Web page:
“Genius,” “flair,” and “brilliance.”
I wish I were joking.
Instructors at Cambridge University are told to avoid using words such as “genius,” “flair,” and “brilliance” because of the alleged association those terms have with men.
History lecturer Lucy Delap of Cambridge University claims that instructors are told to avoid using such words because they “carry assumptions of gender inequality.” She went on to suggest that the reason why men earn more first-class degrees at Oxford and Cambridge is because women struggle with the “male-dominated environment.”
However, this isn’t the case in the United States. There are over three million more women than men enrolled in degree-granting programs in the United States as of 2017. Current projections suggest that this gap will only increase in favor of women over the next decade.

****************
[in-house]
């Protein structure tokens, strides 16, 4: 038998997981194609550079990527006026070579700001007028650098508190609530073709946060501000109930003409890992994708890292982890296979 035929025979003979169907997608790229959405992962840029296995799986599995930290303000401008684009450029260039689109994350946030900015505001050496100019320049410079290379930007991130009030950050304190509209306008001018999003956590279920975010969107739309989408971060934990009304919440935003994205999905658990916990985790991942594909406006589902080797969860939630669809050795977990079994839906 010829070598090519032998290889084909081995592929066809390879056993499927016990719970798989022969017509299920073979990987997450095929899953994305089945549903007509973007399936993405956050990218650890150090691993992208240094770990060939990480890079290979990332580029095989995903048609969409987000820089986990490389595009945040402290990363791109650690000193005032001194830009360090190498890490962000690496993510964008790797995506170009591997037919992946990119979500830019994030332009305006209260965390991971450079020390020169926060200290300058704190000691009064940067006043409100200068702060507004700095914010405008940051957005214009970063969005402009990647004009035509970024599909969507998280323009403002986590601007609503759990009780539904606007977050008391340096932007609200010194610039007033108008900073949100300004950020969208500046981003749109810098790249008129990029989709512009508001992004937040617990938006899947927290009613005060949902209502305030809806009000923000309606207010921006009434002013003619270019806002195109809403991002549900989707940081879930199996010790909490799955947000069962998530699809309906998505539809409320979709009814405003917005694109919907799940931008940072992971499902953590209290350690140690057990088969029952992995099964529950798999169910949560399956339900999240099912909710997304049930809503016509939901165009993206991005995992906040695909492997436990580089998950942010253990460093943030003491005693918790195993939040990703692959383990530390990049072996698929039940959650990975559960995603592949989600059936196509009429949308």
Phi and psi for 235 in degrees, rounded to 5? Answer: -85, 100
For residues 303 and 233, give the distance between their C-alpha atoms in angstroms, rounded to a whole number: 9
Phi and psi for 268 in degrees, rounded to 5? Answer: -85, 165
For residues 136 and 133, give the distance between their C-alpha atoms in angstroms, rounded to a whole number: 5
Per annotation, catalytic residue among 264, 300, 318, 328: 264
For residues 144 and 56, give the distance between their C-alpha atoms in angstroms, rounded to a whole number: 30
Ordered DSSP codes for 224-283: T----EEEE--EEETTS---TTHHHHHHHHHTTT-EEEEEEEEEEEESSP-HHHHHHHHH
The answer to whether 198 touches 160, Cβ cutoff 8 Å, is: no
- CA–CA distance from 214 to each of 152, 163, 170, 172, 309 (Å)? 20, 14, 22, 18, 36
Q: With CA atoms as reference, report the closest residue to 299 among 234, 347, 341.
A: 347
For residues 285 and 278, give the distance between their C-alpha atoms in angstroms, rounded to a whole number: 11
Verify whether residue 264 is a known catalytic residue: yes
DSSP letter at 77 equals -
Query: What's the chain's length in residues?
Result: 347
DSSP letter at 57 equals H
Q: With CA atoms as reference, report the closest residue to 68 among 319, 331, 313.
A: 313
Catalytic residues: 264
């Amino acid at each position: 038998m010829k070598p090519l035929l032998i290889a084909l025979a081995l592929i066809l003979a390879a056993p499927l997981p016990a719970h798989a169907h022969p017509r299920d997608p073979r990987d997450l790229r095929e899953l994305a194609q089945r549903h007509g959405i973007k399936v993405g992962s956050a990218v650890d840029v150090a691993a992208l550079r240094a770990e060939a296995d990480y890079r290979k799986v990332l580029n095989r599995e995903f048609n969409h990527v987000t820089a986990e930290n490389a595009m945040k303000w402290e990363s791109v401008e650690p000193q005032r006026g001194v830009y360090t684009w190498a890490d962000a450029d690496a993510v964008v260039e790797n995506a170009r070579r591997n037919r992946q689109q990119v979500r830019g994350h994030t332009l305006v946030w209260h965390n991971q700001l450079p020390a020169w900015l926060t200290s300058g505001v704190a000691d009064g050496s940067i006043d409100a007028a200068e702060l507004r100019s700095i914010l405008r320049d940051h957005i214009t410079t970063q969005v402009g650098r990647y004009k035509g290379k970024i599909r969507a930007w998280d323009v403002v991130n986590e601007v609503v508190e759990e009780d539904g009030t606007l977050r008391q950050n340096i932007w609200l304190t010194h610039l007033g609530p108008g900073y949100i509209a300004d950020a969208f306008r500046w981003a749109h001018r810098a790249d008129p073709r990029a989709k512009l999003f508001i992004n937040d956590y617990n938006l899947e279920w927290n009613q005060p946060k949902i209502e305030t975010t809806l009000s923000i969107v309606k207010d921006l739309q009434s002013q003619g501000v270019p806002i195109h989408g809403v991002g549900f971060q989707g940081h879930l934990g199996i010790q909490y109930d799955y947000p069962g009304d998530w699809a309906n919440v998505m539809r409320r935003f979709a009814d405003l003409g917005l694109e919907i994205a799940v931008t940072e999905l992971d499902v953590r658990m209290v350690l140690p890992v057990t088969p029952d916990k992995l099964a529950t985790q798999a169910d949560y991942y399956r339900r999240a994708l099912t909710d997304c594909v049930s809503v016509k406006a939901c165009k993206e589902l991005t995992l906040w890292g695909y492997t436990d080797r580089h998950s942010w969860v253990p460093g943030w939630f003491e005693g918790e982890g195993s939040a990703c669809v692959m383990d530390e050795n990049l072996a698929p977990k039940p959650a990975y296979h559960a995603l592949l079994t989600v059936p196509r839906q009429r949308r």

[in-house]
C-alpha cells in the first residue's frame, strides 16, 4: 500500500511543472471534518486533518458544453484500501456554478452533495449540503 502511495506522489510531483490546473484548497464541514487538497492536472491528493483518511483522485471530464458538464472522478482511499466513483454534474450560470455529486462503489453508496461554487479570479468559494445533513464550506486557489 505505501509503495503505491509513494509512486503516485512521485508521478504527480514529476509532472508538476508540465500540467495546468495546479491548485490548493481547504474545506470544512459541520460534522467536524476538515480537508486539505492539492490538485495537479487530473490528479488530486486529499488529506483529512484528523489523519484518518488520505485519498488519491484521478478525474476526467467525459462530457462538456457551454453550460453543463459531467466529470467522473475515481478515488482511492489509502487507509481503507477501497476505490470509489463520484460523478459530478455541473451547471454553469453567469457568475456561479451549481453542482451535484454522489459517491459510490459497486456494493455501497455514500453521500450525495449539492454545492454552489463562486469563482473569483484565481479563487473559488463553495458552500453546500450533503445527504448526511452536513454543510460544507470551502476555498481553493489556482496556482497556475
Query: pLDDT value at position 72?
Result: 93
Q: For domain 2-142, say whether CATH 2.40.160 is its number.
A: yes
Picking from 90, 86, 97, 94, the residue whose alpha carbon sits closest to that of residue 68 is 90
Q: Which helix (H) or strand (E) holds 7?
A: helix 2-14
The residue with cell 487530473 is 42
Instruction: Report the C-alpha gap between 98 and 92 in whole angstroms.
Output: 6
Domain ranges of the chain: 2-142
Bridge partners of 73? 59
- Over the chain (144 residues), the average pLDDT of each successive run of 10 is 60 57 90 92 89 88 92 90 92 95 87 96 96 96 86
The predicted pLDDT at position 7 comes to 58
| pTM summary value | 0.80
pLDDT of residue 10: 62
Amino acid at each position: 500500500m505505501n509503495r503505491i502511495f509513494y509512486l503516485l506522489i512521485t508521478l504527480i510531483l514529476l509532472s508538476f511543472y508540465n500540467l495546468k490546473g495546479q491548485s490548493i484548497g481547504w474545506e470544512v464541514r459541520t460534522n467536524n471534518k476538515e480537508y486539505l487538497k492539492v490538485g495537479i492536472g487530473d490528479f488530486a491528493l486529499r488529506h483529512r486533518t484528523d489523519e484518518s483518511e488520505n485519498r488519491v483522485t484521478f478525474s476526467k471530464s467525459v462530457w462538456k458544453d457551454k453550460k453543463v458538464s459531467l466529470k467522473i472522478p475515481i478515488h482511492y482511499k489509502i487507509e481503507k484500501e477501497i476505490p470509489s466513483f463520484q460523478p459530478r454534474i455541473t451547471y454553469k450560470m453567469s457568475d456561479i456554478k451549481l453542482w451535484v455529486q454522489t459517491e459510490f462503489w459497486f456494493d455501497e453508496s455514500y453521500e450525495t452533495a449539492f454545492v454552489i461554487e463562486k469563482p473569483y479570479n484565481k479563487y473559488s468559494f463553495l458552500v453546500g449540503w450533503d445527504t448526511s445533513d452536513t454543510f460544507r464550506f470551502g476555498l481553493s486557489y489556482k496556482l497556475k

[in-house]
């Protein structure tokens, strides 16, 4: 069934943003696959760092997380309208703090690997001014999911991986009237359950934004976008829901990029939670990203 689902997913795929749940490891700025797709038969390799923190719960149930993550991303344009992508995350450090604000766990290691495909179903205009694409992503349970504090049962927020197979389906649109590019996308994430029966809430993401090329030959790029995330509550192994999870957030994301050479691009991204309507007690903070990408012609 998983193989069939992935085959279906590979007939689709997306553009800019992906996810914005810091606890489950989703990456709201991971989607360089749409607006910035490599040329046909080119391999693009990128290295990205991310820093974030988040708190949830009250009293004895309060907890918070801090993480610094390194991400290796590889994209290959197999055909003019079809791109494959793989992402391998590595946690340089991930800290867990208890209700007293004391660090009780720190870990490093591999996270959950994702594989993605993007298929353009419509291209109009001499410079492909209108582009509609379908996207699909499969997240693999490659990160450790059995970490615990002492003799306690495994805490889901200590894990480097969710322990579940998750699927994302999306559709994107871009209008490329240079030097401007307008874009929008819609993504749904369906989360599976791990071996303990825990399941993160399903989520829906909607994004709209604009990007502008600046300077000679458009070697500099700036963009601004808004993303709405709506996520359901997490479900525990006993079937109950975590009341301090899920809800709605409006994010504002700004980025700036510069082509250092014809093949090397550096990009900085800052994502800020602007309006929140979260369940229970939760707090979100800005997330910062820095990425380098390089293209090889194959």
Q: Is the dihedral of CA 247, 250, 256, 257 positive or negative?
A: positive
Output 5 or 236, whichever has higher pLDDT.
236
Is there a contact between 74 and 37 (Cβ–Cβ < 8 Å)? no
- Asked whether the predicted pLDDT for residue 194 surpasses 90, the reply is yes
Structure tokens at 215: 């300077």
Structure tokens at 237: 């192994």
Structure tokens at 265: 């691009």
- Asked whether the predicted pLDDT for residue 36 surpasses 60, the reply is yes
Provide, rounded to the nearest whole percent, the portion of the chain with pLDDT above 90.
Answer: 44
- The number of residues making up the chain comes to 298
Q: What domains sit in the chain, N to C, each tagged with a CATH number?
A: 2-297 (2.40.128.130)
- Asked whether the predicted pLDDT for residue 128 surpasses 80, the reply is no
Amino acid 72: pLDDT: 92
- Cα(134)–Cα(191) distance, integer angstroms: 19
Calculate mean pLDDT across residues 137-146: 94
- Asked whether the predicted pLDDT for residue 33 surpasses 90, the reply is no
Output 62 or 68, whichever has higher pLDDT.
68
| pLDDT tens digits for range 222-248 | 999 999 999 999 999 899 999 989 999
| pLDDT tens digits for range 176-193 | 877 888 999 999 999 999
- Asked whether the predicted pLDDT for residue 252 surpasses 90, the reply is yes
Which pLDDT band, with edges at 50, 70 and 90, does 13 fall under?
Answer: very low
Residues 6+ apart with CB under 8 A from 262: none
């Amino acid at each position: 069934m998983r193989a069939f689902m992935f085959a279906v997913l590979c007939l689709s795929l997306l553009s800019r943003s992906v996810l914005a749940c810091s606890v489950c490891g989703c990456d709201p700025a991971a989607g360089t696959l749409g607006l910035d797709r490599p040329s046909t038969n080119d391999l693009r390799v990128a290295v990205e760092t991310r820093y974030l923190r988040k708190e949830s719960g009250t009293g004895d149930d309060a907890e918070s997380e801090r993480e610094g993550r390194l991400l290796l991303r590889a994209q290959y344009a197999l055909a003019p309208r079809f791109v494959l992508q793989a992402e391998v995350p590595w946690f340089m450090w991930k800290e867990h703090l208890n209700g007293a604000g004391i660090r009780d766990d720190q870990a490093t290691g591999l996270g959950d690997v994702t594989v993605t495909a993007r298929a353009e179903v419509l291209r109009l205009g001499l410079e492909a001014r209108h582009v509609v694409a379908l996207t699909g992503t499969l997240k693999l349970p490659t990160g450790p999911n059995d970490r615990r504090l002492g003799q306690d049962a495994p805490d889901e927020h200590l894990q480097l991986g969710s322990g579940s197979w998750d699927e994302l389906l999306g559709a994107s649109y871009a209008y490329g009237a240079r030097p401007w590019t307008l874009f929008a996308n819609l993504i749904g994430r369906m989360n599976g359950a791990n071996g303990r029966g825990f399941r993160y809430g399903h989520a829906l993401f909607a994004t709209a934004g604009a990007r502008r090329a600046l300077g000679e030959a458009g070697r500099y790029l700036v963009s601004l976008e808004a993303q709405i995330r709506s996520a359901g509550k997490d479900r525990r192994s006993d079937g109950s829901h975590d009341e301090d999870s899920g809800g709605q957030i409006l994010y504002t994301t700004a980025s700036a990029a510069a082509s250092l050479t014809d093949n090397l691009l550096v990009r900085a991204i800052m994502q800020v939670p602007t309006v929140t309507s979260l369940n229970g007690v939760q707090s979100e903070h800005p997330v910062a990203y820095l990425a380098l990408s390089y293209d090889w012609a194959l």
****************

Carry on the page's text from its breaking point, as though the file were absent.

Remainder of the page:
“Some of those words, in particular, genius, have a very long intellectual history where it has long been associated with qualities culturally assumed to be male”, Delap said. “Some women are fine with that, but others might find it hard to see themselves in those categories”.
Delap added that the push towards a more gender-inclusive academic environment extends beyond language-policing. The Cambridge history department is rewriting the curriculum to create a “wider set of paper choices” and to ensure that all language that can be considered specific to a gender, class, or ethnicity will be erased.